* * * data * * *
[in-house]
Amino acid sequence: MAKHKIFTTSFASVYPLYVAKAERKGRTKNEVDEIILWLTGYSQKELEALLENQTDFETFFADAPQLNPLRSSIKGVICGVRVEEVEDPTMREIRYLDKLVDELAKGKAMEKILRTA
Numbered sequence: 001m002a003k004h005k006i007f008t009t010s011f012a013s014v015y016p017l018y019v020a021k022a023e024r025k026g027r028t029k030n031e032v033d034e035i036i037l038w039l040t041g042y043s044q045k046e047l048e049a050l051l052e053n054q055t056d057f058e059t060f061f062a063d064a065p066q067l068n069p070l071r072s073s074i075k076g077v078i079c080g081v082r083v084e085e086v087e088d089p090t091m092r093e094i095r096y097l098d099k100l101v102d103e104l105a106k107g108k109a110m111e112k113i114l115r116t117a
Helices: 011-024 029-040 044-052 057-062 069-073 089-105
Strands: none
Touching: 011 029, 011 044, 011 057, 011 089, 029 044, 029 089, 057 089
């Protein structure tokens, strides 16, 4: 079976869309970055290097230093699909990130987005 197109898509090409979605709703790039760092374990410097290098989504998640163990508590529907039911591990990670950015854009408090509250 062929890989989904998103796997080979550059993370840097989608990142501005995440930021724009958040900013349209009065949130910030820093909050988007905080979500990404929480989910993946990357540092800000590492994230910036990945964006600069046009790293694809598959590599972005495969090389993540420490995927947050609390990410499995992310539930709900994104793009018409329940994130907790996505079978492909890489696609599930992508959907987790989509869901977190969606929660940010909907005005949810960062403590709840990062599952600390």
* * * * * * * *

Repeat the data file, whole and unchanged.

[in-house]
Amino acid sequence: MAKHKIFTTSFASVYPLYVAKAERKGRTKNEVDEIILWLTGYSQKELEALLENQTDFETFFADAPQLNPLRSSIKGVICGVRVEEVEDPTMREIRYLDKLVDELAKGKAMEKILRTA
Numbered sequence: 001m002a003k004h005k006i007f008t009t010s011f012a013s014v015y016p017l018y019v020a021k022a023e024r025k026g027r028t029k030n031e032v033d034e035i036i037l038w039l040t041g042y043s044q045k046e047l048e049a050l051l052e053n054q055t056d057f058e059t060f061f062a063d064a065p066q067l068n069p070l071r072s073s074i075k076g077v078i079c080g081v082r083v084e085e086v087e088d089p090t091m092r093e094i095r096y097l098d099k100l101v102d103e104l105a106k107g108k109a110m111e112k113i114l115r116t117a
Helices: 011-024 029-040 044-052 057-062 069-073 089-105
Strands: none
Touching: 011 029, 011 044, 011 057, 011 089, 029 044, 029 089, 057 089
């Protein structure tokens, strides 16, 4: 079976869309970055290097230093699909990130987005 197109898509090409979605709703790039760092374990410097290098989504998640163990508590529907039911591990990670950015854009408090509250 062929890989989904998103796997080979550059993370840097989608990142501005995440930021724009958040900013349209009065949130910030820093909050988007905080979500990404929480989910993946990357540092800000590492994230910036990945964006600069046009790293694809598959590599972005495969090389993540420490995927947050609390990410499995992310539930709900994104793009018409329940994130907790996505079978492909890489696609599930992508959907987790989509869901977190969606929660940010909907005005949810960062403590709840990062599952600390």